Physicians who are responsible for the delivery of systemic treatment in lung cancer should be aware of the potential risk of drug-induced pulmonary toxicity (DIPT), because such toxicity may develop in the context of a multifactorial clinical condition. First, most patients with lung cancer may suffer from other non-neoplastic, smoking-related lung diseases, such as emphysema and chronic obstructive lung disease, which may generate pathologic changes in lung parenchyma. In addition, lung cancer itself may worsen the respiratory function, inducing atelectasis and lymphangitic carcinomatosis. The superimposed iatrogenic damage may lead to respiratory failure and, sometimes, death. The risk of DIPT from chemotherapeutic agents has been widely examined in the past; and, currently, the potential for lung toxicity has been extended by the introduction of molecular targeted therapies. Because there are no univocal criteria with which to recognize DIPT, the diagnosis often is made by exclusion; consequently, it is hard to establish an early diagnosis. The objective of this review was to describe the major DIPTs associated with antineoplastic agents against nonsmall cell lung cancer to help physicians with this difficult diagnostic challenge.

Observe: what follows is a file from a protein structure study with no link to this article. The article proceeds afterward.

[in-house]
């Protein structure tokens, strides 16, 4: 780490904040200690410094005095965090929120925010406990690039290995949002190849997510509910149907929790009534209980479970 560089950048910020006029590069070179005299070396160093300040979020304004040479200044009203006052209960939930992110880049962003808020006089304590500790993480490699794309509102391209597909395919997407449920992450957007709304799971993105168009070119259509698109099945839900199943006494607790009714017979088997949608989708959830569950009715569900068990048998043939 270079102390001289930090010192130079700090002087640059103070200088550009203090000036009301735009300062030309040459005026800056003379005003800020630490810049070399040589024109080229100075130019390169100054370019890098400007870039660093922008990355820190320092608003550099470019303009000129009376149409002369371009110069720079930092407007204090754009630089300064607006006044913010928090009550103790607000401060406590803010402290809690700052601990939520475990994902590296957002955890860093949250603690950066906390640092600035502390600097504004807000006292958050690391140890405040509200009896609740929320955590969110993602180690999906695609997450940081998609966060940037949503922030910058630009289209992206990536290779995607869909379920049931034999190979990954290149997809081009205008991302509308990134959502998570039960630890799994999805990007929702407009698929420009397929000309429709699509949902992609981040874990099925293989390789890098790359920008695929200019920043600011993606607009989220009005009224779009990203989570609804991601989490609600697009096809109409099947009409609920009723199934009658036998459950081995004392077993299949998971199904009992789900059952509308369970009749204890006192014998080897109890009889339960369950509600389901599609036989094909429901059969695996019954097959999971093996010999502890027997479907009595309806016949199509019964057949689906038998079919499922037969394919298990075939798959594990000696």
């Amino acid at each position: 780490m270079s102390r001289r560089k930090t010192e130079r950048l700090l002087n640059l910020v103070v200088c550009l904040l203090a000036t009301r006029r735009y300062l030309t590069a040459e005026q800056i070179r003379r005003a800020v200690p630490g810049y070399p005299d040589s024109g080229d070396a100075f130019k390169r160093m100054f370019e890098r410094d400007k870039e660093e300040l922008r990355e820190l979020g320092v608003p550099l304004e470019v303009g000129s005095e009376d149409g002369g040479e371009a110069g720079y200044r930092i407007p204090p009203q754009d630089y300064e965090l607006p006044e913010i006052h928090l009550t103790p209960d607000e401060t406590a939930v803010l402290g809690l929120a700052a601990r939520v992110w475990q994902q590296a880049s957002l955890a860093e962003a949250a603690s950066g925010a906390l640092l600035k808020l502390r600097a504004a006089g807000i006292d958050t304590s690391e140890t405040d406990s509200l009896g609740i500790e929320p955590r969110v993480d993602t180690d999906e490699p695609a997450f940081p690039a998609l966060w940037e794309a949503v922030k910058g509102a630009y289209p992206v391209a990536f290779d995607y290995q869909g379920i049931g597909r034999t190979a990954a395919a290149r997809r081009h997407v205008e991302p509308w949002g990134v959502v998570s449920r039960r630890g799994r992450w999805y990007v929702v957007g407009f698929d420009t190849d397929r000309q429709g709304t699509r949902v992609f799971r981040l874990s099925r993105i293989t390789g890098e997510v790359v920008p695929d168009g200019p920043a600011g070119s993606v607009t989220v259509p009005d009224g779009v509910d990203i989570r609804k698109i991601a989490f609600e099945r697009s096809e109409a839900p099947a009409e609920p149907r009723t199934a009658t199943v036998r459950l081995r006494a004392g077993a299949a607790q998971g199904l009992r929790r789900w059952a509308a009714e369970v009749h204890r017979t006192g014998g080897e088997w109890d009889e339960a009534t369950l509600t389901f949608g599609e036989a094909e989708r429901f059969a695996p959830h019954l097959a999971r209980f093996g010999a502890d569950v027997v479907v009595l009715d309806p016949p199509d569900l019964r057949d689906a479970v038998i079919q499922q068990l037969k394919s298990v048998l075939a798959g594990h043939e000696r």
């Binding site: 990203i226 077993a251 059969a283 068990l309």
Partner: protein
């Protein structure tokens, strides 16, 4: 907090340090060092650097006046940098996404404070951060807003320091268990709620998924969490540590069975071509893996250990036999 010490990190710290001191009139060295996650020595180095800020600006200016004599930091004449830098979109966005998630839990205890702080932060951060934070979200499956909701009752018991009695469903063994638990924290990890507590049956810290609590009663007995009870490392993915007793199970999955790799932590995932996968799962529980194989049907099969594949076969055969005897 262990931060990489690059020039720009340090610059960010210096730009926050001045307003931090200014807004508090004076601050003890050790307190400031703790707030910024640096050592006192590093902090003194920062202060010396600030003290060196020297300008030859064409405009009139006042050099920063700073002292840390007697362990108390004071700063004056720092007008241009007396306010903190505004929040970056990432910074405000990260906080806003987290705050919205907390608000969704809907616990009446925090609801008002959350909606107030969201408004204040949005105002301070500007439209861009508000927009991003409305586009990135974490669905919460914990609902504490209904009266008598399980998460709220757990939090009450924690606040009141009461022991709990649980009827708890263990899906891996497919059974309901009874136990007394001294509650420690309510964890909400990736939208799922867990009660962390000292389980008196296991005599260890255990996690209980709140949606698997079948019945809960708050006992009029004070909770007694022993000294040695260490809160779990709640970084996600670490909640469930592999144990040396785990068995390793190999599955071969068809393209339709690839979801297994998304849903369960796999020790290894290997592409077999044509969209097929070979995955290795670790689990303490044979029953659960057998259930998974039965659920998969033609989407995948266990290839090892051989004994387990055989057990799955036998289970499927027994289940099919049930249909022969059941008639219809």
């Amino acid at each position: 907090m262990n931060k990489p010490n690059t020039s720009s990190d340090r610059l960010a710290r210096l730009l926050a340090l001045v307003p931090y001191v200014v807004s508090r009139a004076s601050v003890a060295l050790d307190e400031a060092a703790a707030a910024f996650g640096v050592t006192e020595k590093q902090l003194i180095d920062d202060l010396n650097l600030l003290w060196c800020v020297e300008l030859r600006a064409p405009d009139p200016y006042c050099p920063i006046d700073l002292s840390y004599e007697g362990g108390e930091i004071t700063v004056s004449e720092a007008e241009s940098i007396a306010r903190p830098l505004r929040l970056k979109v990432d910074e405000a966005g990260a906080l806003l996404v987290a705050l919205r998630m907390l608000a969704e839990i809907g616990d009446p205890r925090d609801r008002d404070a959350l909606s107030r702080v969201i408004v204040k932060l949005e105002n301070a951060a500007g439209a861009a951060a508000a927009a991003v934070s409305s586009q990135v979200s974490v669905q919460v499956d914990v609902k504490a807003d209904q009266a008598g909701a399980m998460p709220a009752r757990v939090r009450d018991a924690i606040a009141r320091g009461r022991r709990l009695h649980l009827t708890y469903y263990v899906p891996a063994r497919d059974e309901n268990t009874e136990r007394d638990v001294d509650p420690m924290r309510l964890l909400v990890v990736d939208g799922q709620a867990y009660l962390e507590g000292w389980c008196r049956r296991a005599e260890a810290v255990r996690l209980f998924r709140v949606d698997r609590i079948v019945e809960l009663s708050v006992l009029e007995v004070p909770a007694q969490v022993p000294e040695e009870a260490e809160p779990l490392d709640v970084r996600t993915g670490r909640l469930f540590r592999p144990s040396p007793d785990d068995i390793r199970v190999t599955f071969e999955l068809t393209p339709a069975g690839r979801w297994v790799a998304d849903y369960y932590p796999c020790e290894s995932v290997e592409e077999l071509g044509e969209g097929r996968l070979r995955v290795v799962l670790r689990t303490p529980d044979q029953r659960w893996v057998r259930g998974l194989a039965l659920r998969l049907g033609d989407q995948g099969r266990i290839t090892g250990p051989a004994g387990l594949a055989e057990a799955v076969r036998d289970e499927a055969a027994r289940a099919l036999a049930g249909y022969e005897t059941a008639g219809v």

Copyright © 2011 American Cancer Society.